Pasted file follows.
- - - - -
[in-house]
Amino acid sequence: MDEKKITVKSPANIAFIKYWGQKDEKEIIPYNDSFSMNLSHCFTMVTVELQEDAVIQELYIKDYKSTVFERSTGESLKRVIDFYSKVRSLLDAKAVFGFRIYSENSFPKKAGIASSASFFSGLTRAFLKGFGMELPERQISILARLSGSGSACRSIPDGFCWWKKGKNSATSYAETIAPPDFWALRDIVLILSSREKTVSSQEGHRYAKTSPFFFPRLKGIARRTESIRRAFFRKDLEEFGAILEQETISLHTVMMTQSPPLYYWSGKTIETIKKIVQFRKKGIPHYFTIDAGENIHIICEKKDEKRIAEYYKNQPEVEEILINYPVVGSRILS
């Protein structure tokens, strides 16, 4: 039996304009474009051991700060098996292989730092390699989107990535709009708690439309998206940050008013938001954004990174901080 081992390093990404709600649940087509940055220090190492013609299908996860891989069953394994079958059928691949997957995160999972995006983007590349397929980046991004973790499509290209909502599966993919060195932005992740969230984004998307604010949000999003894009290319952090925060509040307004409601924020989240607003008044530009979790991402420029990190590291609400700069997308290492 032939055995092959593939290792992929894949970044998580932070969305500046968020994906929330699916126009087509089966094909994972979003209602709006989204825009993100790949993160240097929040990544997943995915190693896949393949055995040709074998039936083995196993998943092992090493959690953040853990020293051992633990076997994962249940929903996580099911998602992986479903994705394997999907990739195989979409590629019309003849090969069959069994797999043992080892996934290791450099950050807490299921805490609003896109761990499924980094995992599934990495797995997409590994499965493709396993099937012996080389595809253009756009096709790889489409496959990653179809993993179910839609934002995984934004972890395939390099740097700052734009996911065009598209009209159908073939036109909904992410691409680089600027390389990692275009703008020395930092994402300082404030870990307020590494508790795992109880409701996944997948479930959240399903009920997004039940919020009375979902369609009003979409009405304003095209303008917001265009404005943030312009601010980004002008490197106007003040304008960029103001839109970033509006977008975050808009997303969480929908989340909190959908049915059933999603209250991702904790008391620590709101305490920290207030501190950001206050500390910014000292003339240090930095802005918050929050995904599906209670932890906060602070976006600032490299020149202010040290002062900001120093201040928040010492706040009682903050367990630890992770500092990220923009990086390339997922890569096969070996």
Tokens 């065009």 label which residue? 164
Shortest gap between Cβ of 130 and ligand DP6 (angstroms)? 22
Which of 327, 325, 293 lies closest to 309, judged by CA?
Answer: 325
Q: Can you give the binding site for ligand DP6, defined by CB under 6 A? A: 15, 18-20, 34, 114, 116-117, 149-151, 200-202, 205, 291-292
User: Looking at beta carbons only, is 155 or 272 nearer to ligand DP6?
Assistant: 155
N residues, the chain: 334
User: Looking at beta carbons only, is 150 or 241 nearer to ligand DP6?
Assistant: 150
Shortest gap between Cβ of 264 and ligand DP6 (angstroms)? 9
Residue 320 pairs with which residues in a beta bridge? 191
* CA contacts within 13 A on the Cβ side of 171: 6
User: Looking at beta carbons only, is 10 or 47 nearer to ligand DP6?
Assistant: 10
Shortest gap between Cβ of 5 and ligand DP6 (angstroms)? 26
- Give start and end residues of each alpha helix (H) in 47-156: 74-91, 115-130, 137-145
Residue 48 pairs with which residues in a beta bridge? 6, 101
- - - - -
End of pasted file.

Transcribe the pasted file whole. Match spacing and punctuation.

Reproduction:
[in-house]
Amino acid sequence: MDEKKITVKSPANIAFIKYWGQKDEKEIIPYNDSFSMNLSHCFTMVTVELQEDAVIQELYIKDYKSTVFERSTGESLKRVIDFYSKVRSLLDAKAVFGFRIYSENSFPKKAGIASSASFFSGLTRAFLKGFGMELPERQISILARLSGSGSACRSIPDGFCWWKKGKNSATSYAETIAPPDFWALRDIVLILSSREKTVSSQEGHRYAKTSPFFFPRLKGIARRTESIRRAFFRKDLEEFGAILEQETISLHTVMMTQSPPLYYWSGKTIETIKKIVQFRKKGIPHYFTIDAGENIHIICEKKDEKRIAEYYKNQPEVEEILINYPVVGSRILS
């Protein structure tokens, strides 16, 4: 039996304009474009051991700060098996292989730092390699989107990535709009708690439309998206940050008013938001954004990174901080 081992390093990404709600649940087509940055220090190492013609299908996860891989069953394994079958059928691949997957995160999972995006983007590349397929980046991004973790499509290209909502599966993919060195932005992740969230984004998307604010949000999003894009290319952090925060509040307004409601924020989240607003008044530009979790991402420029990190590291609400700069997308290492 032939055995092959593939290792992929894949970044998580932070969305500046968020994906929330699916126009087509089966094909994972979003209602709006989204825009993100790949993160240097929040990544997943995915190693896949393949055995040709074998039936083995196993998943092992090493959690953040853990020293051992633990076997994962249940929903996580099911998602992986479903994705394997999907990739195989979409590629019309003849090969069959069994797999043992080892996934290791450099950050807490299921805490609003896109761990499924980094995992599934990495797995997409590994499965493709396993099937012996080389595809253009756009096709790889489409496959990653179809993993179910839609934002995984934004972890395939390099740097700052734009996911065009598209009209159908073939036109909904992410691409680089600027390389990692275009703008020395930092994402300082404030870990307020590494508790795992109880409701996944997948479930959240399903009920997004039940919020009375979902369609009003979409009405304003095209303008917001265009404005943030312009601010980004002008490197106007003040304008960029103001839109970033509006977008975050808009997303969480929908989340909190959908049915059933999603209250991702904790008391620590709101305490920290207030501190950001206050500390910014000292003339240090930095802005918050929050995904599906209670932890906060602070976006600032490299020149202010040290002062900001120093201040928040010492706040009682903050367990630890992770500092990220923009990086390339997922890569096969070996």
Tokens 């065009």 label which residue? 164
Shortest gap between Cβ of 130 and ligand DP6 (angstroms)? 22
Which of 327, 325, 293 lies closest to 309, judged by CA?
Answer: 325
Q: Can you give the binding site for ligand DP6, defined by CB under 6 A? A: 15, 18-20, 34, 114, 116-117, 149-151, 200-202, 205, 291-292
User: Looking at beta carbons only, is 155 or 272 nearer to ligand DP6?
Assistant: 155
N residues, the chain: 334
User: Looking at beta carbons only, is 150 or 241 nearer to ligand DP6?
Assistant: 150
Shortest gap between Cβ of 264 and ligand DP6 (angstroms)? 9
Residue 320 pairs with which residues in a beta bridge? 191
* CA contacts within 13 A on the Cβ side of 171: 6
User: Looking at beta carbons only, is 10 or 47 nearer to ligand DP6?
Assistant: 10
Shortest gap between Cβ of 5 and ligand DP6 (angstroms)? 26
- Give start and end residues of each alpha helix (H) in 47-156: 74-91, 115-130, 137-145
Residue 48 pairs with which residues in a beta bridge? 6, 101